Shell declares force majeure on Bonny Light exports
Shell Petroleum Development Company of Nigeria Limited has declared force majeure on exports of Bonny Light crude, one of the country’s major sources of oil revenue.
Force majeure is a legal clause that allows companies to cancel or delay deliveries due to unforeseen circumstances.
Reuters quoted traders as saying that a surplus of unsold cargoes was so large that differentials struggled to hold steady.
The SPDC, the Nigerian subsidiary of Royal Dutch Shell, said on Thursday it had declared force majeure on Bonny shipments with immediate effect.
It said the shutdown of the Nembe Creek Trunk Line had prompted the force majeure.
Exports of Bonny Light are expected to run at around 195,000 barrels per day next month.
According to traders, only one tanker is scheduled to load Bonny Light crude over the next two weeks.
Shipments of Erha crude were also said to be delayed, but this had not yet had a knock-on upward effect on prices of other grades, two traders said.
Prior to the declaration of force majeure on Bonny Light exports, the nation’s crude shipments were already witnessing delays following a leak on the 200,000 to 240,000 bpd Trans-Forcados pipeline that shut down earlier this week, effectively cutting deliveries of Forcados, the country’s largest crude grade.
Trans-Forcados pipeline was shut down after a leak was found. Repairs are on-going.
About 25 cargoes of June-loading Nigerian cargoes were still available, although traders said around half of that total were held by Total and Shell.
Indonesian Pertamina’s tender for July 8-10 delivery and July 23-27 delivery closed on Thursday.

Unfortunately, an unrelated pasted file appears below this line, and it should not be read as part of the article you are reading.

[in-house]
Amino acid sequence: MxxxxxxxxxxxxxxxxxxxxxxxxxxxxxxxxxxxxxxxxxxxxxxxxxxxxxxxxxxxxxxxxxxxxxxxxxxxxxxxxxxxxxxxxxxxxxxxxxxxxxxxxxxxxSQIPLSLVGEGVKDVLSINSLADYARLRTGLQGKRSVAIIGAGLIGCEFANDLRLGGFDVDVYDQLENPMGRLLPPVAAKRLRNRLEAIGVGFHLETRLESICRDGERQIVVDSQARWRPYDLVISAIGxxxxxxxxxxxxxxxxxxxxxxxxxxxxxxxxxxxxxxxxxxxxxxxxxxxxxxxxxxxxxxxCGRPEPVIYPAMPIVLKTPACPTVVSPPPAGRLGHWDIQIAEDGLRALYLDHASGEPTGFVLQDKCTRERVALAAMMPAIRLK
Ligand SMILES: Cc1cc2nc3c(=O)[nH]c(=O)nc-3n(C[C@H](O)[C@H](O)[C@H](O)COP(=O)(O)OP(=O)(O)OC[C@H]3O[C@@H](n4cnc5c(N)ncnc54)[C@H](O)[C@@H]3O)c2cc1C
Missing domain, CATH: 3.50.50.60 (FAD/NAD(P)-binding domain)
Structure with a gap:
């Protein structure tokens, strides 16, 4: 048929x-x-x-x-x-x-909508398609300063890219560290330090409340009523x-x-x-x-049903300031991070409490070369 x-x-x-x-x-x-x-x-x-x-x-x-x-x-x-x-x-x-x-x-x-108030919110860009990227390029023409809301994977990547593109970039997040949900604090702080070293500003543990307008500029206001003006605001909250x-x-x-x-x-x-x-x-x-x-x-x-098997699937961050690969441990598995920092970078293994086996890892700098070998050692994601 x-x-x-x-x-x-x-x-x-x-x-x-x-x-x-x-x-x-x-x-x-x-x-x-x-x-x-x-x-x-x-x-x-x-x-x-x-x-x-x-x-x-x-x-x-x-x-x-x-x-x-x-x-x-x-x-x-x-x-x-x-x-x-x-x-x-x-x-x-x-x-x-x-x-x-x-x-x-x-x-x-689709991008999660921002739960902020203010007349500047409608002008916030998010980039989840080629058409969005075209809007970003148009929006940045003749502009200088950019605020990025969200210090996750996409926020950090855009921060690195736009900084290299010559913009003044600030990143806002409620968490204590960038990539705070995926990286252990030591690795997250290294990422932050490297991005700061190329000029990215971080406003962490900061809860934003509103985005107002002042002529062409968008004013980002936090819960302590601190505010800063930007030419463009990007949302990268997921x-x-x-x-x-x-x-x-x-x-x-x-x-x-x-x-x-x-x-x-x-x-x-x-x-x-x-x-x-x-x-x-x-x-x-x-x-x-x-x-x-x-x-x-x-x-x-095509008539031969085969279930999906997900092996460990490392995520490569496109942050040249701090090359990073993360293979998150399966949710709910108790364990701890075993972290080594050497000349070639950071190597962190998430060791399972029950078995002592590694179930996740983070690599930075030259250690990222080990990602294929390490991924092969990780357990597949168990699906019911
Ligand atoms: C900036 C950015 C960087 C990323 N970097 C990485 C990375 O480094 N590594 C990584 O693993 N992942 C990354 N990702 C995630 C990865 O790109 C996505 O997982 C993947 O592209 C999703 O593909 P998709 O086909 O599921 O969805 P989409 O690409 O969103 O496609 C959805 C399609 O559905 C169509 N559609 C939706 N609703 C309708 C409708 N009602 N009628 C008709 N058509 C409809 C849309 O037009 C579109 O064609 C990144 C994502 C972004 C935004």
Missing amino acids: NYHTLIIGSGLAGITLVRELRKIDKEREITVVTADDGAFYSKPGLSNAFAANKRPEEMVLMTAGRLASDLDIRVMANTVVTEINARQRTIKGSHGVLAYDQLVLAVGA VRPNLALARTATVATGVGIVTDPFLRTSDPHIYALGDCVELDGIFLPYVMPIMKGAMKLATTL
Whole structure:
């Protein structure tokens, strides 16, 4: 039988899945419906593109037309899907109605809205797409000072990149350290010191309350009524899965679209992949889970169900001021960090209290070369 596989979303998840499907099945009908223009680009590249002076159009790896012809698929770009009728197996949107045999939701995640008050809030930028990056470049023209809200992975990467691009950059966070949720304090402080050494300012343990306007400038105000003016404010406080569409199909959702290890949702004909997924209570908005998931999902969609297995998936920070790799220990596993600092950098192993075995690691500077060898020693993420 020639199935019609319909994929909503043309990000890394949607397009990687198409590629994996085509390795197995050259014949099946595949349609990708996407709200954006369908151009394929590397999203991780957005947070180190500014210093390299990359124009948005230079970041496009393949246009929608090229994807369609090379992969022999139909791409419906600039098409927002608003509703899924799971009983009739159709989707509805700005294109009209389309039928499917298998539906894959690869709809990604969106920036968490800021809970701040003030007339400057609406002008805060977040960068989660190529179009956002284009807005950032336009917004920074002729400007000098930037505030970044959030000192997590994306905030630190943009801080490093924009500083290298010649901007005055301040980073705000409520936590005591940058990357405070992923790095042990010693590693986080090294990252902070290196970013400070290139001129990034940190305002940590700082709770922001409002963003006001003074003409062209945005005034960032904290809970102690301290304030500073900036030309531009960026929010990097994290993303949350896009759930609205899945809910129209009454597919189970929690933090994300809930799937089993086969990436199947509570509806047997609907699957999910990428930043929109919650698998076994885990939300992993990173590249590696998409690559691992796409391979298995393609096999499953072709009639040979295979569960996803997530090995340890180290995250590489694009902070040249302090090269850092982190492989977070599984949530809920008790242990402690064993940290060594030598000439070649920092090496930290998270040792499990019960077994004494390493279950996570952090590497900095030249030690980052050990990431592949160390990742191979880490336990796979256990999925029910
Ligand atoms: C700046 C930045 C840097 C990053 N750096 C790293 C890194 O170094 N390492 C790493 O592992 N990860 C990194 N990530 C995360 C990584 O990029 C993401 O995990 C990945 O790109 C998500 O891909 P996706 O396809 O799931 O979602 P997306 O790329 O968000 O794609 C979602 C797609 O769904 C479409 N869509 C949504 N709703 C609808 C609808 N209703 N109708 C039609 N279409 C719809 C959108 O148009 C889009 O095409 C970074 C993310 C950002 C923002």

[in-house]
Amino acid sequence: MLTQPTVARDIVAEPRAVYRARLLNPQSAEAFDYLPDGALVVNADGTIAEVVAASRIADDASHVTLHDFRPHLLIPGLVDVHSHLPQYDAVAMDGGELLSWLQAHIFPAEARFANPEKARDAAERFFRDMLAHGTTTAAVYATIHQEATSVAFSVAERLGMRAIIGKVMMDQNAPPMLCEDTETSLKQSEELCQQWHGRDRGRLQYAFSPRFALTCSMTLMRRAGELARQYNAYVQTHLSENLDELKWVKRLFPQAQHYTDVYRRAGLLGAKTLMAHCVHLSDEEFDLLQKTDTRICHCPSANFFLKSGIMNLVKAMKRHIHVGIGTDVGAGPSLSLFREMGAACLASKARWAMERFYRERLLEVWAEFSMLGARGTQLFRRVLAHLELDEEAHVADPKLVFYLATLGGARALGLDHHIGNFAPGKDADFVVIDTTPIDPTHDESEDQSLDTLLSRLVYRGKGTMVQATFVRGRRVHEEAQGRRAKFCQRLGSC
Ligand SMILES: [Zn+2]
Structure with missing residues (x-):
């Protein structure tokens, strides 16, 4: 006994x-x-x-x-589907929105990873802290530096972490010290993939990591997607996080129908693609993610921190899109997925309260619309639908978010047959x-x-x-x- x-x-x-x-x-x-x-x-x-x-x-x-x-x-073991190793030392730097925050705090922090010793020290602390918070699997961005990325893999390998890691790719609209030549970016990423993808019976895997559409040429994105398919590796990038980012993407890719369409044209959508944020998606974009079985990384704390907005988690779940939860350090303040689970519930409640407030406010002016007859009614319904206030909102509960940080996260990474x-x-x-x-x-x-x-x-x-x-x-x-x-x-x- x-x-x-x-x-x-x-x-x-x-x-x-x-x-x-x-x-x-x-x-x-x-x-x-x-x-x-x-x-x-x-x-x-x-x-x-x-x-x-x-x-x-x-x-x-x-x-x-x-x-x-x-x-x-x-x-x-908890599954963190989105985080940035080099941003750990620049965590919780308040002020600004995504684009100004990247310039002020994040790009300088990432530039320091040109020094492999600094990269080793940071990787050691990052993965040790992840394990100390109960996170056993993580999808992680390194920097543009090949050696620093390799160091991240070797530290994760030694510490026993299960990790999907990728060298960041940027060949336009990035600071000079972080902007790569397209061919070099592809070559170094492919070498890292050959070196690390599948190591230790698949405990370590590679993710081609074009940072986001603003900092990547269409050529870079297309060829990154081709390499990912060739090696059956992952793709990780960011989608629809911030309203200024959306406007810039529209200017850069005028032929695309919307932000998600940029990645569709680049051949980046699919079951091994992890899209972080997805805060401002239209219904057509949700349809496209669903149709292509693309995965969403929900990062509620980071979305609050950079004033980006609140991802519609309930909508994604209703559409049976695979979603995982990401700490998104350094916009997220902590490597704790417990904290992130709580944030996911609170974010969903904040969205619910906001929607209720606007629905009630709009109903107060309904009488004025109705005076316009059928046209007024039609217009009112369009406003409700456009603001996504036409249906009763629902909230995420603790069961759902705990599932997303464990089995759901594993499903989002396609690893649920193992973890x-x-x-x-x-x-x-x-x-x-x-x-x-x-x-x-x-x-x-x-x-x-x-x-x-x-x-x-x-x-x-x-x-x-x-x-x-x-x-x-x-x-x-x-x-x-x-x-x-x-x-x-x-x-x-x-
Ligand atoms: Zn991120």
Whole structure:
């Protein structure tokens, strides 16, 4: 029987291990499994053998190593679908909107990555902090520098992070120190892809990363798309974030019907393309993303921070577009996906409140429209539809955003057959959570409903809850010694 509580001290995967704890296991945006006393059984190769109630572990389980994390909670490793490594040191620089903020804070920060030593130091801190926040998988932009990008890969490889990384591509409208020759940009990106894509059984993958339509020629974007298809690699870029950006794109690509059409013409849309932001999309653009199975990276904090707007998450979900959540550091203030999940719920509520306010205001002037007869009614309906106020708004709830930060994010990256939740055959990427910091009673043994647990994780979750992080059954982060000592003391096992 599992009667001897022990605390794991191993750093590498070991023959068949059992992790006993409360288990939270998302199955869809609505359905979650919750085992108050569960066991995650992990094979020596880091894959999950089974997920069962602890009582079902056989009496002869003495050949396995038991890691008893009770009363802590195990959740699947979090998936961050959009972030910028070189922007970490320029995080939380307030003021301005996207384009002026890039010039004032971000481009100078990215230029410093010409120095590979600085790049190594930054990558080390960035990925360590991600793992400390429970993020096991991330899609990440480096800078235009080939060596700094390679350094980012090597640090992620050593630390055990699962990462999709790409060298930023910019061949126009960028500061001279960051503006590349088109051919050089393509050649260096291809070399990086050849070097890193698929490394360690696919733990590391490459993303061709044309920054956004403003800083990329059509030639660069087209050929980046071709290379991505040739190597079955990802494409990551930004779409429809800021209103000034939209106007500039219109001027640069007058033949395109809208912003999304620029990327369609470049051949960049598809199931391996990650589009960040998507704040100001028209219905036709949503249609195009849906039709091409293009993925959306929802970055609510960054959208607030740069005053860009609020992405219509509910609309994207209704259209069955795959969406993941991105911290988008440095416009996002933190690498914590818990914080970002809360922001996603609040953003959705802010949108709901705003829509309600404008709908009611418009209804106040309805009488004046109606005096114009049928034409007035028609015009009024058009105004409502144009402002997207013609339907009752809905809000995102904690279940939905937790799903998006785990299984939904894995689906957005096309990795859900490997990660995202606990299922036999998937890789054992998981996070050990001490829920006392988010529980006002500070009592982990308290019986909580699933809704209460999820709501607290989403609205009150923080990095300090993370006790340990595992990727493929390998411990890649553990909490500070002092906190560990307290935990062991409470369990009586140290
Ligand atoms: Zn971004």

Pertamina has another tender for August 1-10 or 16-20 or early September delivery closing on Monday.
Meanwhile, the world’s three largest oil traders are competing to buy the African arm of Brazil’s Petrobras that owns stakes in two major Nigerian offshore oil blocks, industry and banking sources with knowledge of the matter have said, after submitting bids earlier this month, according to Reuters.
Last November, state-controlled Petroleo Brasileiro SA, known as Petrobras, launched the sale of 100 per cent of Petrobras Oil & Gas BV, or Petrobras Africa, as part of the heavily-indebted company’s plan to offload $21bn in assets through 2018 as it also faces a massive corruption scandal.
Petrobras holds half the shares in the company, while 40 per cent are held by a subsidiary of Grupo BTG Pactual SA and 10 per cent by Helios Investment Partners.
Bankers have previously estimated the value of the Petrobras venture to be about $2bn.
The venture has stakes in two offshore blocks that contain two producing fields, the major Agbami field in Oil Mining Lease 127, operated by a local Chevron affiliate, and the Akpo field in OML 130 operated by Total SA.
The sale has attracted the top trading firms, which are always on the hunt for long-term crude supplies. Mercuria and BP had also its potential.
In early May, three consortia including the major trading companies submitted bids to buy Petrobras Africa.
Vitol bid together with the oil upstream subsidiary of United States private equity firm Warburg Pincus called Delonex and Canadian-listed Africa Energy Corp, an oil and gas exploration firm that is part of Sweden’s Lundin Group.
Glencore joined with Nigerian listed firm, Seplat, and French firm, Maurel & Prom, that is majority-owned by the Indonesian government. Indonesia’s state oil firm, Pertamina, also backs Maurel & Prom and owns a 20 per cent stake in Seplat.
The third bidder was privately-held Famfa Oil, together with Royal Dutch Shell.
Famfa Oil is one of the concessionaires in the operator of the Agbami oil field along with Chevron, Statoil and Petrobras. Chevron holds the majority stake.
Vitol, Glencore, Shell, Africa Energy declined to comment. Maurel, Famfa and Seplat did not respond to requests for comment.
Petrobras is expected to make a decision by the end of May. But the sources said that this could slide as there was still a possibility that the bids might be split between the two oil block stakes.
Agbami produces about 240,000 bpd, while the Akpo field in OML 130 produces nearly 130,000 bpd, with a second field, Egina, due to come on stream in the same block later this year.